by VR Sreeraman on  July 30, 2009 at 1:50 PM Research News
 Potential Therapeutic Target for Alzheimer's Identified
Scientists at Bristol University have made an important discovery, which could help in the treatment of Alzheimer's disease.

The researchers have found the enzyme called endothelin converting enzyme-2 (ECE-2), may cause the blood flow in the brain to drop and therefore cause the disease to worsen.

"Our findings raise the possibility that drugs that can block the actions of endothelin-1 and which are already licensed for treating other diseases, may also be of benefit for the treatment of Alzheimer's disease," said Jennifer Palmer from the university's Dementia Research Group.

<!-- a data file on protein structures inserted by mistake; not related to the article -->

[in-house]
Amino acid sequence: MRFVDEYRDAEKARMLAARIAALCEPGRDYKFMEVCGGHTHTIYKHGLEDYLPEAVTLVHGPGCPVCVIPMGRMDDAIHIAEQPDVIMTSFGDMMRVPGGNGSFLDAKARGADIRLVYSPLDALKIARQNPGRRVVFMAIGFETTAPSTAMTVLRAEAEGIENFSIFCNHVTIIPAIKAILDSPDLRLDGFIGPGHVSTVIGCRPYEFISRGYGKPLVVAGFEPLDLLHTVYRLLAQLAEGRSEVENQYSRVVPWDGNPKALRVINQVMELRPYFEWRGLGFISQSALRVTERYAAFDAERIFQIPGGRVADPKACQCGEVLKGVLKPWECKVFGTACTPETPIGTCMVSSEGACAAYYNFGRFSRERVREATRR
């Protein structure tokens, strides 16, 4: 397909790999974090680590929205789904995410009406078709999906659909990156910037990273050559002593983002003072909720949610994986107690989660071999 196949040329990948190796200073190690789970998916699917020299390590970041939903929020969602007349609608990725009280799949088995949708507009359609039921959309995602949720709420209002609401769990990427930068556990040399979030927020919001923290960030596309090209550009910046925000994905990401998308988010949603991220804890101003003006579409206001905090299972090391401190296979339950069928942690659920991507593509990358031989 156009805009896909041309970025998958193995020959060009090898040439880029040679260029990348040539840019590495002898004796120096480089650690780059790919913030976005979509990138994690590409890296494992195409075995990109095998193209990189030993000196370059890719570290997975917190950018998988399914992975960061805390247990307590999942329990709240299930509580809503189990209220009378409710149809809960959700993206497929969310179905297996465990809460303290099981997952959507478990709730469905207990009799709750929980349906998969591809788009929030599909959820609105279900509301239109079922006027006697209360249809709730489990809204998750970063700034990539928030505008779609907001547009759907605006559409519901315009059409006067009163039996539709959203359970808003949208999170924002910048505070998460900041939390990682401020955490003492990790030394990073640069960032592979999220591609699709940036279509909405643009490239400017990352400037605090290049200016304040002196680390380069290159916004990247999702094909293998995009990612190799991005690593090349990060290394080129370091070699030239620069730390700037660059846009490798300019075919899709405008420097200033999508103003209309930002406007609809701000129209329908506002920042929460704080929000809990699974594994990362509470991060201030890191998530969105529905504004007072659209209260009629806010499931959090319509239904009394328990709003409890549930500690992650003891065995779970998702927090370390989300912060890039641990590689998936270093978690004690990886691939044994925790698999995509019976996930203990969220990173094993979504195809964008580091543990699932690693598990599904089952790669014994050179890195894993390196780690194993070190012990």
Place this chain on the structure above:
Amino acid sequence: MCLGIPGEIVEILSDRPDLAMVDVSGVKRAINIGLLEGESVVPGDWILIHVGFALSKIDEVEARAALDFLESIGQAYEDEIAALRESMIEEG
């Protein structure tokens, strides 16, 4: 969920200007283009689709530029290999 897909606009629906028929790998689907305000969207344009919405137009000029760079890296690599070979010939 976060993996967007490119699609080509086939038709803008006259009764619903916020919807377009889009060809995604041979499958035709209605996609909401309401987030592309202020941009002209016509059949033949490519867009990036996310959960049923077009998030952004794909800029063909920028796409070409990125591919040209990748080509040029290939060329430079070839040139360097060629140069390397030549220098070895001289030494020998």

In a normal brain, blood flow responds to nerve cell activity. If this activity increases, so does the supply of blood that is needed to meet the extra demand for nutrients such as glucose and oxygen.

If this demand is not met, as can happen in Alzheimer's disease, the nerve cells may not function normally and may eventually die.

The study has been published in the July issue of the American Journal of Pathology.

Source: ANI

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